Sarkozy's latest plan for "civilizing" the Internet: a Great Firewall of France that government agencies to add URLs to without judicial oversight or public scrutiny on the basis of broad, nebulous criteria.
Information website PC INpact revealed today a draft executive order which would give the French government the power to arbitrarily censor any content or service on the Net. The French government is furthering its policy to control the Internet, in complete disregard of citizens' rights and freedoms.
To implement article 18 of the law for the Digital Economy of June 21th, 2004, the French government is proposing to give to several of its ministries the power to order the censorship of online content that harms or otherwise puts at risk public order and security, the protection of minors, of public health, national defence, or physical persons1.
Clearly, the definition of these categories of content are both vague and overreaching. Such censorship measures - whether they consist in the removal or filtering of content - would be directly undertaken by the government, without any decision by a judicial authority. In practice, they would apply to all kinds of websites or online news services2.
The Entire Internet Under Governmental Censorship In France?
It's been five years since America's super-concentrated telcoms sector announced their "voluntary Copyright Alert system" (AKA Six Strikes), a system that said that if your someone in your household was accused of six acts of copyright infringement, everyone in your house would get the internet death penalty, having your net connection terminated.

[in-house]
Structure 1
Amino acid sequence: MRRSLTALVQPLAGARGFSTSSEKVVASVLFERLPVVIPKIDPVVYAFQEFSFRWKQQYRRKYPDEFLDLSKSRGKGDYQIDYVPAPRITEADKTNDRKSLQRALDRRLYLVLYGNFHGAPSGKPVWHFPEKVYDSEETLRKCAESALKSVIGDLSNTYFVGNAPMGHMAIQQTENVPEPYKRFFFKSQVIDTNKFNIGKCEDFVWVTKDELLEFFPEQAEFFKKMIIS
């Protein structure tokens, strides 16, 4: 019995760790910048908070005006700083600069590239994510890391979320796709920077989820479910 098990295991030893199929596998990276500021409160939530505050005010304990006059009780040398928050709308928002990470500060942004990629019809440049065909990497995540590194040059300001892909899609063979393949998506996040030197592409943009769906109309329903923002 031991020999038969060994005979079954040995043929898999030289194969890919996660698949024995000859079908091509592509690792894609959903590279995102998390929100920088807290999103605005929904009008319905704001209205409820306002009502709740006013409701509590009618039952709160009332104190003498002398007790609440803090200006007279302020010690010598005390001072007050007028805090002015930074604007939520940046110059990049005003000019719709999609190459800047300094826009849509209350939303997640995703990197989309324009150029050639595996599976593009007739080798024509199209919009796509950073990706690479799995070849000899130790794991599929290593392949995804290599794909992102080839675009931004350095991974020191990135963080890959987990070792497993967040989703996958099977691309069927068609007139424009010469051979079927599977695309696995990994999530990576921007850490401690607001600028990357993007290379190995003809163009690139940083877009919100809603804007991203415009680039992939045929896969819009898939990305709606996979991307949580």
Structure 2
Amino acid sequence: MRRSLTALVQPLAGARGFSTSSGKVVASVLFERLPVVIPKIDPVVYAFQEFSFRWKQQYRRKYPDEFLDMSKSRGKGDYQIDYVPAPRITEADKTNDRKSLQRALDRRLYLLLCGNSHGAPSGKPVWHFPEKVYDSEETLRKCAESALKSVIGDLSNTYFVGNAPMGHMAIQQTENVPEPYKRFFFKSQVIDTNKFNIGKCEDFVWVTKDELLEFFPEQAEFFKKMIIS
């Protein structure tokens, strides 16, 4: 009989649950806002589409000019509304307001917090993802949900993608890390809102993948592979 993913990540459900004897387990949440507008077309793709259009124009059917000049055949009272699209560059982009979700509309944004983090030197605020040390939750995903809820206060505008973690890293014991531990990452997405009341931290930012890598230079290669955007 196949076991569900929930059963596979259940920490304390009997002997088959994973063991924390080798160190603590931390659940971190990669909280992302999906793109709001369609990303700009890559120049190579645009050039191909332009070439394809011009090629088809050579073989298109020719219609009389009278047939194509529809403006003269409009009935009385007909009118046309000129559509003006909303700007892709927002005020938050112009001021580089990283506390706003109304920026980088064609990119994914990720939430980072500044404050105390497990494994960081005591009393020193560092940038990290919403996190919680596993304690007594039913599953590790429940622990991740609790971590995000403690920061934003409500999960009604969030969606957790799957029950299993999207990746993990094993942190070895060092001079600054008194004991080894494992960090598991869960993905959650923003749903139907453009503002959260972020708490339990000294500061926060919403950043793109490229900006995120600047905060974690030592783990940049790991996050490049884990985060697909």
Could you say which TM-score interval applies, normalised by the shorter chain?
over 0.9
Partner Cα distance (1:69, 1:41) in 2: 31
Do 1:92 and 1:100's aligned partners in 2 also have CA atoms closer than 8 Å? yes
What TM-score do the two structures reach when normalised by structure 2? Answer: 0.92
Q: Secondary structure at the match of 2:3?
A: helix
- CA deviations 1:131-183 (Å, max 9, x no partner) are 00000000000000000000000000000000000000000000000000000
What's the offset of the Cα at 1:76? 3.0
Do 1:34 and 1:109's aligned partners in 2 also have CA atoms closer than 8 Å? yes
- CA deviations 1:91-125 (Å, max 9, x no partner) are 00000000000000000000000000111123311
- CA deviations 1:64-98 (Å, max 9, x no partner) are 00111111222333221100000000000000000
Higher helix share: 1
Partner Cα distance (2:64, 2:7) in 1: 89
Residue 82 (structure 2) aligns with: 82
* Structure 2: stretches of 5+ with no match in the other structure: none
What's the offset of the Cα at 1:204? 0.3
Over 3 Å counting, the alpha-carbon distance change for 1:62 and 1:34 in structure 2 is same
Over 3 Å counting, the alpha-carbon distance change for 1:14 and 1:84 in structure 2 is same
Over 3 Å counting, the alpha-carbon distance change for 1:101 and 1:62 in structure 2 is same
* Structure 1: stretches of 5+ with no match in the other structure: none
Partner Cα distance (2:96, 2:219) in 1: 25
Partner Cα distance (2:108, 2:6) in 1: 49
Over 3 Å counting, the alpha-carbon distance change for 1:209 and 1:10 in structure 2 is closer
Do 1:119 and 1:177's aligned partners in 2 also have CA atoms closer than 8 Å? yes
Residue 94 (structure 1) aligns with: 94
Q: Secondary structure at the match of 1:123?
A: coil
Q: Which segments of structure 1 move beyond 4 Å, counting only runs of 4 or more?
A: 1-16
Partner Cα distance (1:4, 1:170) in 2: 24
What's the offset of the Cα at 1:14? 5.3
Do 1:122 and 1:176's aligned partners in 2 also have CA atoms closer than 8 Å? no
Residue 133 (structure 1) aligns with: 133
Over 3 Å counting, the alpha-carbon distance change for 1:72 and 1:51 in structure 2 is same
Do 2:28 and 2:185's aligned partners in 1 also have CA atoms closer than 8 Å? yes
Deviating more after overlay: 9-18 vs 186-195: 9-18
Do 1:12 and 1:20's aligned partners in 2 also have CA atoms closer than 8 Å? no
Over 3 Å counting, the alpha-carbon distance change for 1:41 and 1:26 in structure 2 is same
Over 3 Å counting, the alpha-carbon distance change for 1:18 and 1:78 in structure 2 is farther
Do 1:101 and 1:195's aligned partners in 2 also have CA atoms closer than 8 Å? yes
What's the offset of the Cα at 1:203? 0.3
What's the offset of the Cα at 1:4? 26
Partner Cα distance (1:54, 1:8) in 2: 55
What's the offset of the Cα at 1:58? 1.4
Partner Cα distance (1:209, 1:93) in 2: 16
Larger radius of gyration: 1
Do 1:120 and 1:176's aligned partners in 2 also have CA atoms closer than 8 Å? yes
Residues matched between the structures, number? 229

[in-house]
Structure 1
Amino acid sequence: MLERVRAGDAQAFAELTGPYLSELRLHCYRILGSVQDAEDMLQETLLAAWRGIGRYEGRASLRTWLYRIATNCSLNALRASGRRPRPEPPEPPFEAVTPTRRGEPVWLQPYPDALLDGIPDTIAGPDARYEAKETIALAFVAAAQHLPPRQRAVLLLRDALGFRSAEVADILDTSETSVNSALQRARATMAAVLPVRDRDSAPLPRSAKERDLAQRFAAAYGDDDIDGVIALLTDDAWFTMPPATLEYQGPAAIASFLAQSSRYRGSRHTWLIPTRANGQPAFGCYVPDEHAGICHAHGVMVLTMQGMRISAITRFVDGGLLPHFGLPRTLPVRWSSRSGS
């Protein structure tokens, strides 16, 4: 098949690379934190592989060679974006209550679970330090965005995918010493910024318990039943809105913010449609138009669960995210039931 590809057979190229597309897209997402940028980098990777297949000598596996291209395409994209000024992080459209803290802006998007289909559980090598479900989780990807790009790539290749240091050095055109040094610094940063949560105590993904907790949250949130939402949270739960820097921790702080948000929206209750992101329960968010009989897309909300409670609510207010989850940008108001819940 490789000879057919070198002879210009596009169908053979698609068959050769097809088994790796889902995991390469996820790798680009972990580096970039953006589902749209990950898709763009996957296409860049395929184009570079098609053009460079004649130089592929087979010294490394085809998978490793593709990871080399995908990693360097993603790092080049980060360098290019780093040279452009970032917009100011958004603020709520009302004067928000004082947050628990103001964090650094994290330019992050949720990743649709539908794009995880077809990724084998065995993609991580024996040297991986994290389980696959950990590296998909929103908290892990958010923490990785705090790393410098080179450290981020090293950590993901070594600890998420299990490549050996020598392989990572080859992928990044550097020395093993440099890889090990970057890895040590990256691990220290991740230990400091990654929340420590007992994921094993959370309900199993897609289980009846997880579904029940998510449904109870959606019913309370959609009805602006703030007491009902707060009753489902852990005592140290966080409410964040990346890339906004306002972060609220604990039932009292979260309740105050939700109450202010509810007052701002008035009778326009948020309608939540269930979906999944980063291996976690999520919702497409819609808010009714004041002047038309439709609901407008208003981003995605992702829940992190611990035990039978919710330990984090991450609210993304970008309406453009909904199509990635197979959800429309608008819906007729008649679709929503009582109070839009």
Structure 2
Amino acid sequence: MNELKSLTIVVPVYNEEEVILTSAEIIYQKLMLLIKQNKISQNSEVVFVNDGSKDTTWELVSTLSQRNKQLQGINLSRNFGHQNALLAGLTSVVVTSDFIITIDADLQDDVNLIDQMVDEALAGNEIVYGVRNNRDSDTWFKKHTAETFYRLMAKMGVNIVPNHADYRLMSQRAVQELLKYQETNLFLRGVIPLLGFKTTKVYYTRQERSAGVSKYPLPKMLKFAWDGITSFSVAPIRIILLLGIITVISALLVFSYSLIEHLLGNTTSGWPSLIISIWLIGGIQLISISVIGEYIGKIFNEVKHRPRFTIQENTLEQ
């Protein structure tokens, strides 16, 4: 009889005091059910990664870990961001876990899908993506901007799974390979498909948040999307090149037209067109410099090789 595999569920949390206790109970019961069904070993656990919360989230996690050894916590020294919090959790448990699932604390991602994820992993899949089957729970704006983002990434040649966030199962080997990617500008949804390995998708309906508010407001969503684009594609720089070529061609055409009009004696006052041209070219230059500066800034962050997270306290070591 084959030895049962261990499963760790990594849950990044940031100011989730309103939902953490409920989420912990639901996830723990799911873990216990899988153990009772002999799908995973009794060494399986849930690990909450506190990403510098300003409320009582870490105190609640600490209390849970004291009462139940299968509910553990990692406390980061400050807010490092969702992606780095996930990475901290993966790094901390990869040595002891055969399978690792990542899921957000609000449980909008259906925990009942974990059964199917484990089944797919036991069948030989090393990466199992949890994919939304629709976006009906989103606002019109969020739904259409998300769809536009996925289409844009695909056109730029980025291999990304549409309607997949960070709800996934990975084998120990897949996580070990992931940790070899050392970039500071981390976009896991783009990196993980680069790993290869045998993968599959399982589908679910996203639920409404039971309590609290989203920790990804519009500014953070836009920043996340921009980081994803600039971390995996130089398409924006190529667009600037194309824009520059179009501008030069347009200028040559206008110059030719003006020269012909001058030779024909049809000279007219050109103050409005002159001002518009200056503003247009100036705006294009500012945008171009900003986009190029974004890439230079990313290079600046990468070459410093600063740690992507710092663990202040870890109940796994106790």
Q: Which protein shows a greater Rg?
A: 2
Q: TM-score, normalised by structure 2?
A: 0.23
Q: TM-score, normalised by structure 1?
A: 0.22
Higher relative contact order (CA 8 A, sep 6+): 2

Armstrong Zoom, a northeastern US ISP with about a million subscribers, has sent its customers warnings that they have been accused of copyright infringement, and that subsequent accusations would lead to having their network connections slowed to the point of uselessness, which could impair their ability to control their internet-connected thermostats.
In 2010, after years of bitter fighting, the French National Assembly passed “Hadopi,” the worst copyright law in history, which provided for disconnecting whole families from the Internet if their network connection was implicated in an accusation of copyright infringement.
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